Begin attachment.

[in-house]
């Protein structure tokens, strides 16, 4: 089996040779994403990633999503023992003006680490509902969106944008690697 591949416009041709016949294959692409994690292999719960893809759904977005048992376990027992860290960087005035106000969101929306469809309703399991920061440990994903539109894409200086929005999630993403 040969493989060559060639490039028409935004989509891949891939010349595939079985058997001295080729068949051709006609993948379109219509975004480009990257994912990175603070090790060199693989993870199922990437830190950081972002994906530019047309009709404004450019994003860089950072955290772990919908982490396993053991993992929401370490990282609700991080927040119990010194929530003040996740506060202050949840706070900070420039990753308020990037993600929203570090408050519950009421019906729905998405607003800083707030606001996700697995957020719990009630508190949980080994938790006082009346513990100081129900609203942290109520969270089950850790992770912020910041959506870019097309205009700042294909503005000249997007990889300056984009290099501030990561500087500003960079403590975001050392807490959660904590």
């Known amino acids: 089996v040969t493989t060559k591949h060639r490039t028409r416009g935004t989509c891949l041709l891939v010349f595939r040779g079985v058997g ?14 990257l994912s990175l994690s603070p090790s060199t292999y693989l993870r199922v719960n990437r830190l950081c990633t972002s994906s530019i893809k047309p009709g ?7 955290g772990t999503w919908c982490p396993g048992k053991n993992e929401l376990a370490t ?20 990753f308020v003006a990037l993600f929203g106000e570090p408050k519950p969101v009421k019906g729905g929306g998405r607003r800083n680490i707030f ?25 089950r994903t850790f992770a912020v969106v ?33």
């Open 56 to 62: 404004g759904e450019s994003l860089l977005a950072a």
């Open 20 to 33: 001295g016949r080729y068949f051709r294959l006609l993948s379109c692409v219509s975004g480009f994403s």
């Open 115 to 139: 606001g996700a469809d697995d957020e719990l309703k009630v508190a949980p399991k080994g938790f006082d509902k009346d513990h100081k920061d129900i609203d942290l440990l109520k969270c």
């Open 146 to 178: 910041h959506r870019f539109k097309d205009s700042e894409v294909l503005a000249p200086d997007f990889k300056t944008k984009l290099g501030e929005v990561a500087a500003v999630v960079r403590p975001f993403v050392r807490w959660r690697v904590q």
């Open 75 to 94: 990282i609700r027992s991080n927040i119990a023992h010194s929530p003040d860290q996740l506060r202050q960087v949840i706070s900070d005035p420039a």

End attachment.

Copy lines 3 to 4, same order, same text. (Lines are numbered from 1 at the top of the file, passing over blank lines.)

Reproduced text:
């Known amino acids: 089996v040969t493989t060559k591949h060639r490039t028409r416009g935004t989509c891949l041709l891939v010349f595939r040779g079985v058997g ?14 990257l994912s990175l994690s603070p090790s060199t292999y693989l993870r199922v719960n990437r830190l950081c990633t972002s994906s530019i893809k047309p009709g ?7 955290g772990t999503w919908c982490p396993g048992k053991n993992e929401l376990a370490t ?20 990753f308020v003006a990037l993600f929203g106000e570090p408050k519950p969101v009421k019906g729905g929306g998405r607003r800083n680490i707030f ?25 089950r994903t850790f992770a912020v969106v ?33």
């Open 56 to 62: 404004g759904e450019s994003l860089l977005a950072a």